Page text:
DH: John Vorhaus is playing the role of the Spirit of Christmas Yet to Come in our new series about when writers fell in love with books. His brilliantly manic suspense novel, California Roll,about grifters who try to out-grift each other, will be covered on Three Guys early next year. I had trashed four galleys in a row after trying to read page 99 of each. When I came to page 99 of California Roll, I knew I had to read the whole thing. I believe that JV wrote this post while sitting in Moscow traffic. He leads the writing team of the Russian version of Married with Children, making the world safe for situation comedy. He said he was glad that he worked especially hard on page 99 of California Roll.


It was the summer of 1977. Like every other college graduate in America, I was in Europe. I hitchhiked and Eurail-passed the length and breadth of the continent, from East Berlin to the west coast of Ireland, from the tip of Sicily to just inside the Arctic Circle. With all that traveling, of course, I often had time on my hands, and always needed something to read, and therefore engaged in avid and active book swaps with anyone who happened to have something in English I hadn’t already burned through. Thus it was that the summer’s most popular book, Tom Robbins’ Even Cowgirls Get the Blues, fell into my hands. Like everyone else I knew (like everyone I’ve ever known who’s read the book), I was instantly and totally ensorcelled by Robbins’ tale of big-thumbed Sissy Hankshaw, plus all the others: Bonanza Jellybean, the Chink, the Countess, and the estimable Dr. Robbins himself. More than that, I was captivated by Robbins’ command of the language; man, could the dude craft sentences. He did it with grace, style, and outrageous humor. It was this last part that was such a revelation to me. I’d enjoyed the jaundiced ironies of Catcher in the Rye and Catch-22, but until I read Tom Robbins, I didn’t know there really was such a thing as a flat-out funny comic novel. I didn’t even know you could do that. But when I read of Sissy’s mother manipulating her father by “turning the vaginal wrench,” I became a fan for life.

As a writer who lacked faith in his own craft, I soon entered the singer/songwriter phase of my career. It was an awkward place for me. I could write songs well enough, but I couldn’t really sing or play guitar, and after five years hard at it, I finally figured that part out, and moved on to other things: situation comedies and screenplays; how-to books on writing and poker; novels at last. But I never forgot Tom Robbins, and never aspired to anything less than his rapier turn of phrase. In fairness, I’ve yet to read any Robbins tome that I enjoyed as much as Cowgirls. I think that has less to do with his abilities than with where I was when I first met him. I was on the road, living the Euro-vagabond dream of my generation. Conflating my own hitchhiking adventures with Sissy Hankshaw’s brought me closer to a character in a novel than I’d ever been before; closer, perhaps, than I’ve ever been with any figment of a writer’s imagination, bar my own. But I still have time for Tom Robbins, and I religiously read every new word he writes. I owe him that debt. He introduced me to the possibilities of the comic novel, and though it took me more than a generation, and an eventful life’s journey to realize them for myself, I’m realizing them at last. I don’t imagine myself any sort of heir to Tom Robbins, but I strive to be worthy to wave the banner of his style.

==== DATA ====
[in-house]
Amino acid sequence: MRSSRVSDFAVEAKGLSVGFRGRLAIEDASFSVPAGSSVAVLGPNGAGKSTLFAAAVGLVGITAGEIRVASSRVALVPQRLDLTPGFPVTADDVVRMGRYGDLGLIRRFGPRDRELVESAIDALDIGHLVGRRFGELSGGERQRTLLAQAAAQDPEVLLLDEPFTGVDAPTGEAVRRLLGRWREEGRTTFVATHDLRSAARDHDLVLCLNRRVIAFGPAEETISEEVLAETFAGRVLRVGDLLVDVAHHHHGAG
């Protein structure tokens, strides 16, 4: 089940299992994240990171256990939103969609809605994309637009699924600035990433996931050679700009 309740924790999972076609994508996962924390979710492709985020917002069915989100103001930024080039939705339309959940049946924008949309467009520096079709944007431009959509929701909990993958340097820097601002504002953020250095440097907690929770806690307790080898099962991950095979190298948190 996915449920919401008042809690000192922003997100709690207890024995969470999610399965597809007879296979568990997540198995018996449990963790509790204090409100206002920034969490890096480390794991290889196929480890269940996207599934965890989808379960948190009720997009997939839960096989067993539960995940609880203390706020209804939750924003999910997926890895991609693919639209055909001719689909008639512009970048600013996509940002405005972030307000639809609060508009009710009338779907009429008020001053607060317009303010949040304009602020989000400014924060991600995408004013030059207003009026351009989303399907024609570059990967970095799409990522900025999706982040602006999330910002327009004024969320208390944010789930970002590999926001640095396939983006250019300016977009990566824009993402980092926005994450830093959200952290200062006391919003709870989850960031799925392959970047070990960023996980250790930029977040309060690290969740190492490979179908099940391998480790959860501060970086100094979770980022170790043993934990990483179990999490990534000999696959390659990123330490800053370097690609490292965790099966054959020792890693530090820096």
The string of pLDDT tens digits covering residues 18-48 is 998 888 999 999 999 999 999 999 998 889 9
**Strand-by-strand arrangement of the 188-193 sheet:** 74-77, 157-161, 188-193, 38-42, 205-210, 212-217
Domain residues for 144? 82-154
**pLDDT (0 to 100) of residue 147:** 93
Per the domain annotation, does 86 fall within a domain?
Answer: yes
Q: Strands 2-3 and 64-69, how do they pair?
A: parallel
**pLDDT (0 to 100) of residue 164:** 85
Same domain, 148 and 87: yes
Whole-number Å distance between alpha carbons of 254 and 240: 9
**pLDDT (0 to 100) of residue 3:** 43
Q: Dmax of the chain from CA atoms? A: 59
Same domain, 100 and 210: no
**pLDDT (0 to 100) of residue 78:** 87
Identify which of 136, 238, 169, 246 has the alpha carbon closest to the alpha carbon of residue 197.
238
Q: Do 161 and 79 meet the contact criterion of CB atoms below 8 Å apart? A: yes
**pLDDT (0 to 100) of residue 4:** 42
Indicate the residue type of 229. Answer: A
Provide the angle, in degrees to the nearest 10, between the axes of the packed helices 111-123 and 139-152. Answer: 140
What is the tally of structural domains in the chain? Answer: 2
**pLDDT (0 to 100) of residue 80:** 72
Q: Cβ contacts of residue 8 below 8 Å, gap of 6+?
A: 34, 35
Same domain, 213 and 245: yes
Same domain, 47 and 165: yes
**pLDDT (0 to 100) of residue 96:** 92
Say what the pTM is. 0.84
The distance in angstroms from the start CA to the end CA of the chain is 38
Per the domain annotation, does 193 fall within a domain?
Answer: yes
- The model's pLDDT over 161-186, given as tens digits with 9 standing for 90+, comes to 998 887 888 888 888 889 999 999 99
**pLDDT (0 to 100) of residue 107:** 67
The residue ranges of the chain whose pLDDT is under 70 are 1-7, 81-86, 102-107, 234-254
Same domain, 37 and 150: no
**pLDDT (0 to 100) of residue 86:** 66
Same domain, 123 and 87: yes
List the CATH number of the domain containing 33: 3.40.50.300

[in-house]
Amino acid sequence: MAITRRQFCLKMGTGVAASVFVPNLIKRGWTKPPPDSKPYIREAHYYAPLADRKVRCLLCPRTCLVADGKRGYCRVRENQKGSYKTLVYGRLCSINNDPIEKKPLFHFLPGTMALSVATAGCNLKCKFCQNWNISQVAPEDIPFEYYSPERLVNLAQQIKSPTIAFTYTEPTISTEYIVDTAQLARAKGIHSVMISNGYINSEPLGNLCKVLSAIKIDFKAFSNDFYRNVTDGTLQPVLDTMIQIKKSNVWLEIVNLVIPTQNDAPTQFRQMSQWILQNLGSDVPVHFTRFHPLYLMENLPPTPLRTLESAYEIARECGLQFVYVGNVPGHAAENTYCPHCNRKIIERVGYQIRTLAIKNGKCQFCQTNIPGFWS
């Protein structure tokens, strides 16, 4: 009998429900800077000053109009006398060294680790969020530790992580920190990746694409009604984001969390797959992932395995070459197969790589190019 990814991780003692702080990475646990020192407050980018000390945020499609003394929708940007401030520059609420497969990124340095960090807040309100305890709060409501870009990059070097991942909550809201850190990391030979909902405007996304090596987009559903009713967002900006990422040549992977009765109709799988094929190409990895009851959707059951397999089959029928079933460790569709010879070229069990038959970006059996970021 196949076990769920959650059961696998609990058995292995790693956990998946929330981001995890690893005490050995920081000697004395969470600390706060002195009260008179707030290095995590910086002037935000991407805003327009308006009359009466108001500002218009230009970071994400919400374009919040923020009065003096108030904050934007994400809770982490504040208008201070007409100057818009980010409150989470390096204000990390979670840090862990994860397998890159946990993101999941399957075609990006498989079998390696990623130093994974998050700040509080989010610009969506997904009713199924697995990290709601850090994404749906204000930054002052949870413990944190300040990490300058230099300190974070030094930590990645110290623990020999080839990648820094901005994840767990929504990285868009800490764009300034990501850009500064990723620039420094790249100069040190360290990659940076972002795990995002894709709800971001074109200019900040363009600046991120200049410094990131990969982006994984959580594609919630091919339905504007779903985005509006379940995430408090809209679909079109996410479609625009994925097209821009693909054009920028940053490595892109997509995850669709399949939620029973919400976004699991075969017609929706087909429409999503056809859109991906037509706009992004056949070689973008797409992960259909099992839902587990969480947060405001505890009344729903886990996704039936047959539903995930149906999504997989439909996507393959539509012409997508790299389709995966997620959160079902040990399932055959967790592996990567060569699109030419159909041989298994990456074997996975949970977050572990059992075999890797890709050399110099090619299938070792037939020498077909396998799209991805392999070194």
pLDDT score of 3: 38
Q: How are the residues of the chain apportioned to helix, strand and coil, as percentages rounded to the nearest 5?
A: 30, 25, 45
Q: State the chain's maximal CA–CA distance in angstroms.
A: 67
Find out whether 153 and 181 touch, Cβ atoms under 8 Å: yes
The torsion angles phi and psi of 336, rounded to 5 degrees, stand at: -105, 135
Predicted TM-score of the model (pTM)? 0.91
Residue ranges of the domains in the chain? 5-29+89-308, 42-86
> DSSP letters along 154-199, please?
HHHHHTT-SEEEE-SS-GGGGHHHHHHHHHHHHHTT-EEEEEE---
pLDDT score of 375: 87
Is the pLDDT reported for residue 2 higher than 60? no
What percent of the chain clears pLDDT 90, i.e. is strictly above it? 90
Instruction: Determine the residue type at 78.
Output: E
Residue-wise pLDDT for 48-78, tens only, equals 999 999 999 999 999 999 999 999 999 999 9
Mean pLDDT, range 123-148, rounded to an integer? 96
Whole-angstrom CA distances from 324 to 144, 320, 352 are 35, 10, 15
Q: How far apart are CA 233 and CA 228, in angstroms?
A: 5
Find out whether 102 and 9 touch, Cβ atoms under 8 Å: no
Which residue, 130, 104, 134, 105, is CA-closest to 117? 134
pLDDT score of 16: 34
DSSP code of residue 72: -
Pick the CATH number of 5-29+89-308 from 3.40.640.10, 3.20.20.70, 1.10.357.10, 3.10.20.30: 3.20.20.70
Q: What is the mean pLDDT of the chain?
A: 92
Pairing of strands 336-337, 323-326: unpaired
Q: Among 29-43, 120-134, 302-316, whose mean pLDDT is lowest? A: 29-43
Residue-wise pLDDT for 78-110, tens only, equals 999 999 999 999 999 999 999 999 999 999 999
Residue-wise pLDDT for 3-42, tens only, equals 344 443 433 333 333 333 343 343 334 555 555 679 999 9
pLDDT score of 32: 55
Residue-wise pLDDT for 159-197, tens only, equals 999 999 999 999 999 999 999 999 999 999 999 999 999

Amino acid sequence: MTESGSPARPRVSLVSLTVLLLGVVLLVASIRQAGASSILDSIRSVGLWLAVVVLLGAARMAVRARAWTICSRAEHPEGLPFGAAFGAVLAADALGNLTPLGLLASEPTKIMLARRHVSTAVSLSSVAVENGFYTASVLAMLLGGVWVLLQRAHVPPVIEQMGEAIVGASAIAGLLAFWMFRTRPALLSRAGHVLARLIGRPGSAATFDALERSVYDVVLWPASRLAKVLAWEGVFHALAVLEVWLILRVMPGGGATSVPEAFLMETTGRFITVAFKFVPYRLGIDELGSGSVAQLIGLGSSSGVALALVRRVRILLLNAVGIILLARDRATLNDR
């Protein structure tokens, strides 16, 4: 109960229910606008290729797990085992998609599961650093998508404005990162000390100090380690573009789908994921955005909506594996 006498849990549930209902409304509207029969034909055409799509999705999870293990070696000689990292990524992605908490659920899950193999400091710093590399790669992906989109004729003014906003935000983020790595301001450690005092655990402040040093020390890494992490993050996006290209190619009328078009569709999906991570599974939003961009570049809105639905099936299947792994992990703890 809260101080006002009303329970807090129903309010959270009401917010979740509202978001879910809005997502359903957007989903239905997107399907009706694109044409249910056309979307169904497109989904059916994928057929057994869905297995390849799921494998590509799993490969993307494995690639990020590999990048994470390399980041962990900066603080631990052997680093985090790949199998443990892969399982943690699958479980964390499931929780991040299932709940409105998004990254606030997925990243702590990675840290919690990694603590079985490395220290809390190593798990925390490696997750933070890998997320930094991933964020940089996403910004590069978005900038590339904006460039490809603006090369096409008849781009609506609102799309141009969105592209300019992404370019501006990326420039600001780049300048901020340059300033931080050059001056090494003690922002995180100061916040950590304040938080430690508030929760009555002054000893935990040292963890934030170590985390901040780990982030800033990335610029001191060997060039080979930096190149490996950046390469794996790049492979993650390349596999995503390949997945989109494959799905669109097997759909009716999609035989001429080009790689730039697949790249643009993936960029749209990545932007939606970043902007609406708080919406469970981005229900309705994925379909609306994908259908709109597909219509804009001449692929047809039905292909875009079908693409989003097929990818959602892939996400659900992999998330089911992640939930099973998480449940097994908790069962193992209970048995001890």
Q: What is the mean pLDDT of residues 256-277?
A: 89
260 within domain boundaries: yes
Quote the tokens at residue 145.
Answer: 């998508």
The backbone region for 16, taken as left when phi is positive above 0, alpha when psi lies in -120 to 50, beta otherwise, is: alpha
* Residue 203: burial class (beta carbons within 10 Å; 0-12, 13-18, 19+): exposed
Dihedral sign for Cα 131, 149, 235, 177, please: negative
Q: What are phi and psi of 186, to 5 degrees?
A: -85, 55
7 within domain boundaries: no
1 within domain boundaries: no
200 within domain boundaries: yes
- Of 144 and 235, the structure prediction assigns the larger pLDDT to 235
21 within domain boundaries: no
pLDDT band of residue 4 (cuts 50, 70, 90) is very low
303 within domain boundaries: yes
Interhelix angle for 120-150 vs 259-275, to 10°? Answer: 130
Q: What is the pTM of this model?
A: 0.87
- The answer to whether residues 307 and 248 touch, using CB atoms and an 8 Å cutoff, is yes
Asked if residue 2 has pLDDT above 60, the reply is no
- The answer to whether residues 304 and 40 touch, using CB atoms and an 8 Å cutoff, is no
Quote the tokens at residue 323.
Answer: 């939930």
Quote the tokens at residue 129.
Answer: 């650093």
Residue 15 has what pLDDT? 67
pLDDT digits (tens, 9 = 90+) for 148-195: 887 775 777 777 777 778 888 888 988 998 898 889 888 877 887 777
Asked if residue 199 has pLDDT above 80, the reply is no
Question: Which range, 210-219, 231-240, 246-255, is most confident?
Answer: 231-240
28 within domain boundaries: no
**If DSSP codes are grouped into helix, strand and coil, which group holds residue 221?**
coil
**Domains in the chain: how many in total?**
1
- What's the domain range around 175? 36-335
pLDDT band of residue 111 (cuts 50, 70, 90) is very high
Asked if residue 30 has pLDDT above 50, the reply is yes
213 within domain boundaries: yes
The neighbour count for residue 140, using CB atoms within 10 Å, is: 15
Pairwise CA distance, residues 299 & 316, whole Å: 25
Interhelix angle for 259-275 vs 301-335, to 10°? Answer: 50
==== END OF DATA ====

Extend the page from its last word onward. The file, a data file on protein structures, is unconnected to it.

When I traveled through Europe in 1977, I did so with the full fear that I might never get back there again. Well, I’ve been blessed. My “other” job as a creative consultant for television and film has taken me to Europe dozens of times. Also Australia, New Zealand, Nicaragua, Jamaica, Malaysia, and Russia. I’m in Russia right now (like, even as I write these words), running the writing staff of the Russian version of Married… with Children. You can follow that adventure at www.radarenterprizes.com/blog, and I welcome you to do so. Stop by and say hi! I, meanwhile, have suddenly gotten the bright idea to go to the English language bookstore here in Moscow and see if I can find a copy of Cowgirls. I’ve read it probably ten times since the first time, but no time in the past five years or so. I’ve always gotten something out of those re-reads, and it occurs to me that I’m overdue for a dose. How about you? Have you read (or lately re-read) Even Cowgirls Get the Blues? If not, you ought. It’s an inspiring, enlightening, and laugh-out-loud funny read. If I could half turn a phrase like Tom Robbins, I’d be a satisfied man indeed.